Free Resources

Even editors sometimes need to check with other editors about the finer points of grammar and sentence construction. Here are some of the sites that we have found most useful. Once you have entered your query, you will receive a clear explanation and useful advice through articles or on discussion fora. We recommend that our clients avail of these valuable free resources so that they can fully grasp the mechanics of good writing and avoid common errors in the future. After all, the end goal of all eagles is not to rely on others but to embark on an independent flight path!

Daily Writing Tips:

This site has excellent writing resources in the form of daily articles on a variety of useful topics relating to English grammar, spelling, misused words, and other common writing issues. To find articles that address the topic that you are interested in, just type in your keyword in the search box and you will be taken to useful articles on this site that address your writing issue.

English Language and Use Stack Exchange:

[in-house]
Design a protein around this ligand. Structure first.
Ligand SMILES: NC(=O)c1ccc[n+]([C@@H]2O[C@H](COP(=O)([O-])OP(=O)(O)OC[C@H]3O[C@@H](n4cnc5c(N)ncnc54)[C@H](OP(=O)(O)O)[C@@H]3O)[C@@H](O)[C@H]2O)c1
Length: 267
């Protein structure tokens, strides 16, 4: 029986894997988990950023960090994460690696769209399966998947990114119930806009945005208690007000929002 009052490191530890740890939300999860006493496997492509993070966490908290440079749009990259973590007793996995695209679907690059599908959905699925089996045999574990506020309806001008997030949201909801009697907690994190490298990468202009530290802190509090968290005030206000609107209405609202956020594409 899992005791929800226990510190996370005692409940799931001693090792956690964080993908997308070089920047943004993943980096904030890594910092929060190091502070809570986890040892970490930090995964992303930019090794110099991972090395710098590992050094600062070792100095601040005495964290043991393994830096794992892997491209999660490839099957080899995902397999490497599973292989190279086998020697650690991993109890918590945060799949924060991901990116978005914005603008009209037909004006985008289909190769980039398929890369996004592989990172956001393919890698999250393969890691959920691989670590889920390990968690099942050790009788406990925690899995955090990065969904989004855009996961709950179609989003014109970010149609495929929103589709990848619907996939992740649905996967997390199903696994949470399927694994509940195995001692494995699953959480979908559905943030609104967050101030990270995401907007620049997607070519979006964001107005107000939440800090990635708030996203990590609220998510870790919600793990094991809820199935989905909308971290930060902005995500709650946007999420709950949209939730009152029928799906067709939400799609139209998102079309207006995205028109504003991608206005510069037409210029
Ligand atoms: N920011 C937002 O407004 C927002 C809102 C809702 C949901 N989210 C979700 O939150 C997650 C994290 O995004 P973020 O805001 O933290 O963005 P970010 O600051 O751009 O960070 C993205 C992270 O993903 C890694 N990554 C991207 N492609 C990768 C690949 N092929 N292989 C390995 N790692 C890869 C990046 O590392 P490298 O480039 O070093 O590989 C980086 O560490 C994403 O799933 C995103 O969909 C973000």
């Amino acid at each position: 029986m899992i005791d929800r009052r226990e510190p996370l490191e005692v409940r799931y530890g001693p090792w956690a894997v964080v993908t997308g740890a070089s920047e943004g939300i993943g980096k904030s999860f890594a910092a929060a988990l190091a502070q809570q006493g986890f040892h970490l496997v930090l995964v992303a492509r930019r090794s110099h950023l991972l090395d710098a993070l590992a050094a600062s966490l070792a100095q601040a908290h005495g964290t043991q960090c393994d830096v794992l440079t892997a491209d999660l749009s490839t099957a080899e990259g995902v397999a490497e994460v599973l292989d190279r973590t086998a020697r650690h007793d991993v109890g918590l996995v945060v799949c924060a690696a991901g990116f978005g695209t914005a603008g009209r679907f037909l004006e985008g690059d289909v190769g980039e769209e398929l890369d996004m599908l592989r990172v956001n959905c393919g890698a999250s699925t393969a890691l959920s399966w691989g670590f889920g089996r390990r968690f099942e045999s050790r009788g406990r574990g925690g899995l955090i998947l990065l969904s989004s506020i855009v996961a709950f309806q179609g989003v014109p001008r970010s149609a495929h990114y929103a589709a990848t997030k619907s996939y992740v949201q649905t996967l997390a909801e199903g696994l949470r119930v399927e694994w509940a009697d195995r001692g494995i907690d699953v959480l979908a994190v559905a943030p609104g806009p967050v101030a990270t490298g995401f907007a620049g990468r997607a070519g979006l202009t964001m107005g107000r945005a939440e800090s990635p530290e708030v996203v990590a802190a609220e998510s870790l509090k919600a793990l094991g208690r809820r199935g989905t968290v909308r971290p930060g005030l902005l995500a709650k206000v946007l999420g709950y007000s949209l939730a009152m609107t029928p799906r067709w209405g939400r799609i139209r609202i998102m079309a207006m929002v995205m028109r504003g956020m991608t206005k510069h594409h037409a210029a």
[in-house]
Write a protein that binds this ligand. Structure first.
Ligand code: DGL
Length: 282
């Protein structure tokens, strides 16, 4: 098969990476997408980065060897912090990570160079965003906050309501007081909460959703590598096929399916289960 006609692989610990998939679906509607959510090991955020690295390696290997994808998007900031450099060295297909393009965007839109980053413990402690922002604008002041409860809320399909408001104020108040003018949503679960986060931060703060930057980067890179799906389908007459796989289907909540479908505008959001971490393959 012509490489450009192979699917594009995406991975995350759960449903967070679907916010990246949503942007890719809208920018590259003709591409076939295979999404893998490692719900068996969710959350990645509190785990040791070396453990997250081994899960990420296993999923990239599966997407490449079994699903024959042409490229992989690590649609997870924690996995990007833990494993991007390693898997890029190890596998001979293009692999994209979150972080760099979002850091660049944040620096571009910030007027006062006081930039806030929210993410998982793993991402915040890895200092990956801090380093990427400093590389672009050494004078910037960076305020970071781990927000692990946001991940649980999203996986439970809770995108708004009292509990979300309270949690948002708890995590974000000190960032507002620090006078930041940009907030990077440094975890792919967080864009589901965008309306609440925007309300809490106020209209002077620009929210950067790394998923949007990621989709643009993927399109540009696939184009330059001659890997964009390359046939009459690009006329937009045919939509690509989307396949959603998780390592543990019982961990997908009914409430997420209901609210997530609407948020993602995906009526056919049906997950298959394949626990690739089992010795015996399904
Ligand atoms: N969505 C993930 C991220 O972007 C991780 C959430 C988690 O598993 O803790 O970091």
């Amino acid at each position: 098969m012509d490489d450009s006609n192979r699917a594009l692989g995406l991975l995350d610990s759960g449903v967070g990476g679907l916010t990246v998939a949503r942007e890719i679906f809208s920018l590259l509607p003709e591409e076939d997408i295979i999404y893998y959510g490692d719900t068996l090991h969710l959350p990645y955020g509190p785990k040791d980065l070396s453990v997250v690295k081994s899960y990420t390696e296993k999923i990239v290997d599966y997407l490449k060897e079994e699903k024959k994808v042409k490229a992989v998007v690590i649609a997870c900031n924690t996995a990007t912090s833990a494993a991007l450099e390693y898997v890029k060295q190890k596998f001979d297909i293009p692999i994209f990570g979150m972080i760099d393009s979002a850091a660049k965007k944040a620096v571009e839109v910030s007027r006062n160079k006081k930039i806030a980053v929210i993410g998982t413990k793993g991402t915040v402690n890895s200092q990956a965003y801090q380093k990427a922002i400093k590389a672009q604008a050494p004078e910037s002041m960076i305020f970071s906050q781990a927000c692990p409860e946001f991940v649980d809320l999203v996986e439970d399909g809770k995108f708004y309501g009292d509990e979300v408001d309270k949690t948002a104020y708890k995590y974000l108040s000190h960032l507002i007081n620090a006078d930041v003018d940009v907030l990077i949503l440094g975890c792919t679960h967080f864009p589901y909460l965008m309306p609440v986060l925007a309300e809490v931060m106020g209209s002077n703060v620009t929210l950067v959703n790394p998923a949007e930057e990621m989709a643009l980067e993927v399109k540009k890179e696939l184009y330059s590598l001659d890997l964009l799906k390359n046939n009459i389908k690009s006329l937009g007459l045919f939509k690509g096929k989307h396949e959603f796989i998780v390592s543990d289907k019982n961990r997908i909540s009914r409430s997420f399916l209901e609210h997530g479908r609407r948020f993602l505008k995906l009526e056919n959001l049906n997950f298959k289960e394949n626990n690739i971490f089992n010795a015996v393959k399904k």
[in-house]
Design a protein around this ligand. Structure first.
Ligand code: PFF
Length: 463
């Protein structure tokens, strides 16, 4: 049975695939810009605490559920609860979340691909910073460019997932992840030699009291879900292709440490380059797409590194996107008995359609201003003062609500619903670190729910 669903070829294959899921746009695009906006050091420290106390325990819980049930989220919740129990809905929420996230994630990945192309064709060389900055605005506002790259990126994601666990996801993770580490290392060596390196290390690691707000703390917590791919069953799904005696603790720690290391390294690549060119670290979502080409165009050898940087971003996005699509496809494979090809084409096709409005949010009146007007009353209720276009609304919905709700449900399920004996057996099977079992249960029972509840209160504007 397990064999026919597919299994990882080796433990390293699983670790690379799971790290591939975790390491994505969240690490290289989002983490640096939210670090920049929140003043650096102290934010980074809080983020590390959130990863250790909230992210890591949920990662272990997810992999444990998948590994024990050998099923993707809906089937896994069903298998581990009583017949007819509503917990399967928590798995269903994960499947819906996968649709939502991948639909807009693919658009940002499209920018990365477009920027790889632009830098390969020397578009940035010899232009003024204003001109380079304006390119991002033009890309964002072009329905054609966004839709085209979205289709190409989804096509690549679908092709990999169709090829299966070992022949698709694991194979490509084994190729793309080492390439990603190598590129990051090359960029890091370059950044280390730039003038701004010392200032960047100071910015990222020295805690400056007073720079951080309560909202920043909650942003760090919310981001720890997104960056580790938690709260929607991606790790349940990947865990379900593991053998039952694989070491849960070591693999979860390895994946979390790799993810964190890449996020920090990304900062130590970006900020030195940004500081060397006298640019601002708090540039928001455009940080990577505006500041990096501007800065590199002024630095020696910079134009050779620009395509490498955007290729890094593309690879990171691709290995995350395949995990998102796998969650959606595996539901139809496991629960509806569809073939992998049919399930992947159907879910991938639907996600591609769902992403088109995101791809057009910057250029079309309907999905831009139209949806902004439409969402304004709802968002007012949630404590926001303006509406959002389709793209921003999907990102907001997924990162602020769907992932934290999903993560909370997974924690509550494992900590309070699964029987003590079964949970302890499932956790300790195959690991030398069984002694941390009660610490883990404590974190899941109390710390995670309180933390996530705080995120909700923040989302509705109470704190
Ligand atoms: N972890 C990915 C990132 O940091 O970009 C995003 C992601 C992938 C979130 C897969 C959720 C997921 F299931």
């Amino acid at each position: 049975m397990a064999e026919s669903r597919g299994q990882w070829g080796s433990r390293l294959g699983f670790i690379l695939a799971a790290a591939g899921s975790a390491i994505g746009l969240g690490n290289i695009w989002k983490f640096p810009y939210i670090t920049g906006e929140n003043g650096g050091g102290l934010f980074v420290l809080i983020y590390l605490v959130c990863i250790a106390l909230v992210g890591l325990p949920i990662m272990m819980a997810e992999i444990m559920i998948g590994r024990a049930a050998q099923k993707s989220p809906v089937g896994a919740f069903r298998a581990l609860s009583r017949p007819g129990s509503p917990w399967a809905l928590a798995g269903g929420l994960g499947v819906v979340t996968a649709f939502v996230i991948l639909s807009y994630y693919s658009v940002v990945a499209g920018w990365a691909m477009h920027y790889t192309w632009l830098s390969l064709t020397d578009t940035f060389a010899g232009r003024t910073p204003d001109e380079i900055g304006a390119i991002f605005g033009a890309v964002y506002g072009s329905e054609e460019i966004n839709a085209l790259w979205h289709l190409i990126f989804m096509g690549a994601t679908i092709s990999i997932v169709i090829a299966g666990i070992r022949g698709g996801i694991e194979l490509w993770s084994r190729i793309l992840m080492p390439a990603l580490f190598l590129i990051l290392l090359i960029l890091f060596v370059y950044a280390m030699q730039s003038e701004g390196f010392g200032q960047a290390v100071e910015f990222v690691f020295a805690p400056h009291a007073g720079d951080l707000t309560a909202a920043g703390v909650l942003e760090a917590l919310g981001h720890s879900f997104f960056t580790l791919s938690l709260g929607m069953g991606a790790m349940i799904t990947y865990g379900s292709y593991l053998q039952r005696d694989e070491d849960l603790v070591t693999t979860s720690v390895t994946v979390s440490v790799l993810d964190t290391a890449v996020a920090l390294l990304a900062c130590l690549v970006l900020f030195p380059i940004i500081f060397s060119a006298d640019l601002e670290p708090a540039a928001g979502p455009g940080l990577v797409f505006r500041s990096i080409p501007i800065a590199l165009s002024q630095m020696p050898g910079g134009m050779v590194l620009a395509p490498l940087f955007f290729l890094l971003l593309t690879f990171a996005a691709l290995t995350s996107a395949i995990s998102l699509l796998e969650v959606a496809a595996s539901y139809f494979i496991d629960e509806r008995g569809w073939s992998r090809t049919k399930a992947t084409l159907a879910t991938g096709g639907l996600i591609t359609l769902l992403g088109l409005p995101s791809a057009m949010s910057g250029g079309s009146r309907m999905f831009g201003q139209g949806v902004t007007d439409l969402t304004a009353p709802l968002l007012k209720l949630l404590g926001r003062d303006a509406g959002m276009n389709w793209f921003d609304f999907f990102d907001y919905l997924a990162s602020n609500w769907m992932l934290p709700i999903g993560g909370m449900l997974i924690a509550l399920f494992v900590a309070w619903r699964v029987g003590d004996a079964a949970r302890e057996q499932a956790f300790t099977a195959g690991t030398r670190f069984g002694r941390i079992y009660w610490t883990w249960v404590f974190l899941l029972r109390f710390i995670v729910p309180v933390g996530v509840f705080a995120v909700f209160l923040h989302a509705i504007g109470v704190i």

As an editor, I particularly enjoy reading the discussions on diverse topics relating to the appropriate use of the English language on this site. You can post a question on the site and individual experts will respond, providing you with their views. These may differ, and you should get a sense of the intuitive grasp of native English speakers that lets them know when something feels “odd.” But you will also learn about the mechanics of language use and will get very valuable feedback in response to your query.

APA Style Blog:

For those who use the APA style in their writing (journal articles, dissertations, or books), and who need quick responses on matters of APA style, this blog, written by experts from the American Psychological Association (APA), provides invaluable resources. You can search for the topic you are interested in or choose from one of the tags. The articles, written by APA experts, are clear and easy to understand.

The MLA Style Center:

Like the APA, the Modern Language Association (MLA) offers a very useful and informative blog titled “Behind the Style” on matters of MLA style. Users of this style will find it very helpful. It also provides articles on more general questions of style, such as how to use colons, en-dashes, and hyphens, or where to place “however” in a sentence. You can also access various helpful resources, including sample MLA papers on the website.

Chicago-Style Citation Quick Guide:

If you just need examples showing you how to format your citations (in your manuscript, notes, and bibliography) using the Chicago Manual of Style (CMS), this reference guide, offered by the University of Chicago Press, is comprehensive and easy to follow. You can also access useful articles on the CMS blog, which can be accessed here.